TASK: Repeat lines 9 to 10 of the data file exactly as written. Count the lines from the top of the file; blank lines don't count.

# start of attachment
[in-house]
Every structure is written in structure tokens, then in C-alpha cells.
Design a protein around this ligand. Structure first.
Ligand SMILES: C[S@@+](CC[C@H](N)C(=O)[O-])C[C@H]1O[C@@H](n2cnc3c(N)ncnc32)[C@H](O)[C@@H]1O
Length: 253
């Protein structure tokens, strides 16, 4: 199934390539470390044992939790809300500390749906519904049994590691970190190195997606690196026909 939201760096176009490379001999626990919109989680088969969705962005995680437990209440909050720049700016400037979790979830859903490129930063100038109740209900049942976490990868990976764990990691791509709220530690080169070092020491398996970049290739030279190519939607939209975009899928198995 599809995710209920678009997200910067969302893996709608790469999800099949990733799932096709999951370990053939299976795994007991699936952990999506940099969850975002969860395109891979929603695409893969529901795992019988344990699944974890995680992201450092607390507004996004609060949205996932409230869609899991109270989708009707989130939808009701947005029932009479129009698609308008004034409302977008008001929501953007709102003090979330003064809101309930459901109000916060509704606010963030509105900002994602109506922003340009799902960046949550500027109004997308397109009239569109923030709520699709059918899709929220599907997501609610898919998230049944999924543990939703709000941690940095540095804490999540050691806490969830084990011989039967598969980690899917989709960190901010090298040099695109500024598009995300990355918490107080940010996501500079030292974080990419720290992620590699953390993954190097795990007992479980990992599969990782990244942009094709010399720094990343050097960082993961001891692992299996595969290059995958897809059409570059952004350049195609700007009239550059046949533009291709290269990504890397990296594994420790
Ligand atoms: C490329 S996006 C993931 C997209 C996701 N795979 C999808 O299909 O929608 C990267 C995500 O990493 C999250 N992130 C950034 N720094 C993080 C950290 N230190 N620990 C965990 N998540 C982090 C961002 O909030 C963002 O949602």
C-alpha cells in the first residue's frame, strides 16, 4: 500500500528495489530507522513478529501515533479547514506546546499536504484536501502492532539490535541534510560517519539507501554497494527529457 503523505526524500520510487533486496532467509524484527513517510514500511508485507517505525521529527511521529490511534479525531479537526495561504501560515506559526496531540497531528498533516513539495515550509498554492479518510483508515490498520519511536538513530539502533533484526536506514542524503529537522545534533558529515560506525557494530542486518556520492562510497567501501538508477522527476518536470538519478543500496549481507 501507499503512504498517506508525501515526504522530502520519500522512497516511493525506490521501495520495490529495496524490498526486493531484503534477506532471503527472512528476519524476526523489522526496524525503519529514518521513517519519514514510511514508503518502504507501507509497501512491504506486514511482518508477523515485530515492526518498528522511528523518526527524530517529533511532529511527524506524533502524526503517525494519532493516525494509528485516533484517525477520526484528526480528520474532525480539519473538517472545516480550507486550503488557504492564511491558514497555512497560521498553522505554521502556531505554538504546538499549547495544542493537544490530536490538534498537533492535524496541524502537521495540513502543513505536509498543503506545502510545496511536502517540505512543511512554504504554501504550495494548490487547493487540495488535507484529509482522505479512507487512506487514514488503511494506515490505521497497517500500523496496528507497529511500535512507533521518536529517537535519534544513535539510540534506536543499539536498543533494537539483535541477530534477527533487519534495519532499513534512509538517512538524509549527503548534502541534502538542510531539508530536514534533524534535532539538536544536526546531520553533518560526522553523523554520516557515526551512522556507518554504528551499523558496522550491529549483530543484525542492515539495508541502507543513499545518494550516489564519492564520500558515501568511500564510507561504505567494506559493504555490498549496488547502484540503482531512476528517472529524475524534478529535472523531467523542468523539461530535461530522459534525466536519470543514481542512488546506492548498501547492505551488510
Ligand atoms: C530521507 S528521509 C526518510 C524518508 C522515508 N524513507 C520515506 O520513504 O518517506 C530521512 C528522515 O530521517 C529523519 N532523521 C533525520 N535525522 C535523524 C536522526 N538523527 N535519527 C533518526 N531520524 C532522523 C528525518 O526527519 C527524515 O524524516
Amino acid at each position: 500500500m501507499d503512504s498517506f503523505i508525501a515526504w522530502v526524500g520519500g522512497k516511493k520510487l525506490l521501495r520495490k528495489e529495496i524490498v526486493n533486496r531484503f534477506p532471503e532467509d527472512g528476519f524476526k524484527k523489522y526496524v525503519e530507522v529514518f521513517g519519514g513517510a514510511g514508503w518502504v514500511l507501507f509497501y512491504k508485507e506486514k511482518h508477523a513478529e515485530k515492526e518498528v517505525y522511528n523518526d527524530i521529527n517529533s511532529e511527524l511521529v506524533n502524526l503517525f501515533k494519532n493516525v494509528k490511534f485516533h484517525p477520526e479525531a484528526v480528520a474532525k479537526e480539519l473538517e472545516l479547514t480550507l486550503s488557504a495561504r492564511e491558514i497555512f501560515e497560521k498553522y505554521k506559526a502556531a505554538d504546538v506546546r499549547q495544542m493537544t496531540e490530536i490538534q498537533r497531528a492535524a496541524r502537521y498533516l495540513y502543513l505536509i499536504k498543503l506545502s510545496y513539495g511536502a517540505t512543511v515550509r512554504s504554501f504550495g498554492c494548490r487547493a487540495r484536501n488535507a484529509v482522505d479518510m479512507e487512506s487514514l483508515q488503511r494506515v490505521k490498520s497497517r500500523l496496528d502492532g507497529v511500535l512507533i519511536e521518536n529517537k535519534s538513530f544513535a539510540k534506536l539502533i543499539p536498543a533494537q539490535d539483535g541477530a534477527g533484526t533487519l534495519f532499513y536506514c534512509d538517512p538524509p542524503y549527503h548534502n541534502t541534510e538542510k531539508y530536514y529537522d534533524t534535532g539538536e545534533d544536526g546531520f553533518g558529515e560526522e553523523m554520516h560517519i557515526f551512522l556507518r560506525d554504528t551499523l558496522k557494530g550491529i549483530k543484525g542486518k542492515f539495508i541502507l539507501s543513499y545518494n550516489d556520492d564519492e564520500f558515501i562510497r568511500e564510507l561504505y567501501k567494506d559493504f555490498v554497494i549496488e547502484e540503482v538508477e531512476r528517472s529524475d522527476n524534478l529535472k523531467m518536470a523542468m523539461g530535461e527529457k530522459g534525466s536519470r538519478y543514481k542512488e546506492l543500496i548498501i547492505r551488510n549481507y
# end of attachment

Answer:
Ligand atoms: C530521507 S528521509 C526518510 C524518508 C522515508 N524513507 C520515506 O520513504 O518517506 C530521512 C528522515 O530521517 C529523519 N532523521 C533525520 N535525522 C535523524 C536522526 N538523527 N535519527 C533518526 N531520524 C532522523 C528525518 O526527519 C527524515 O524524516
Amino acid at each position: 500500500m501507499d503512504s498517506f503523505i508525501a515526504w522530502v526524500g520519500g522512497k516511493k520510487l525506490l521501495r520495490k528495489e529495496i524490498v526486493n533486496r531484503f534477506p532471503e532467509d527472512g528476519f524476526k524484527k523489522y526496524v525503519e530507522v529514518f521513517g519519514g513517510a514510511g514508503w518502504v514500511l507501507f509497501y512491504k508485507e506486514k511482518h508477523a513478529e515485530k515492526e518498528v517505525y522511528n523518526d527524530i521529527n517529533s511532529e511527524l511521529v506524533n502524526l503517525f501515533k494519532n493516525v494509528k490511534f485516533h484517525p477520526e479525531a484528526v480528520a474532525k479537526e480539519l473538517e472545516l479547514t480550507l486550503s488557504a495561504r492564511e491558514i497555512f501560515e497560521k498553522y505554521k506559526a502556531a505554538d504546538v506546546r499549547q495544542m493537544t496531540e490530536i490538534q498537533r497531528a492535524a496541524r502537521y498533516l495540513y502543513l505536509i499536504k498543503l506545502s510545496y513539495g511536502a517540505t512543511v515550509r512554504s504554501f504550495g498554492c494548490r487547493a487540495r484536501n488535507a484529509v482522505d479518510m479512507e487512506s487514514l483508515q488503511r494506515v490505521k490498520s497497517r500500523l496496528d502492532g507497529v511500535l512507533i519511536e521518536n529517537k535519534s538513530f544513535a539510540k534506536l539502533i543499539p536498543a533494537q539490535d539483535g541477530a534477527g533484526t533487519l534495519f532499513y536506514c534512509d538517512p538524509p542524503y549527503h548534502n541534502t541534510e538542510k531539508y530536514y529537522d534533524t534535532g539538536e545534533d544536526g546531520f553533518g558529515e560526522e553523523m554520516h560517519i557515526f551512522l556507518r560506525d554504528t551499523l558496522k557494530g550491529i549483530k543484525g542486518k542492515f539495508i541502507l539507501s543513499y545518494n550516489d556520492d564519492e564520500f558515501i562510497r568511500e564510507l561504505y567501501k567494506d559493504f555490498v554497494i549496488e547502484e540503482v538508477e531512476r528517472s529524475d522527476n524534478l529535472k523531467m518536470a523542468m523539461g530535461e527529457k530522459g534525466s536519470r538519478y543514481k542512488e546506492l543500496i548498501i547492505r551488510n549481507y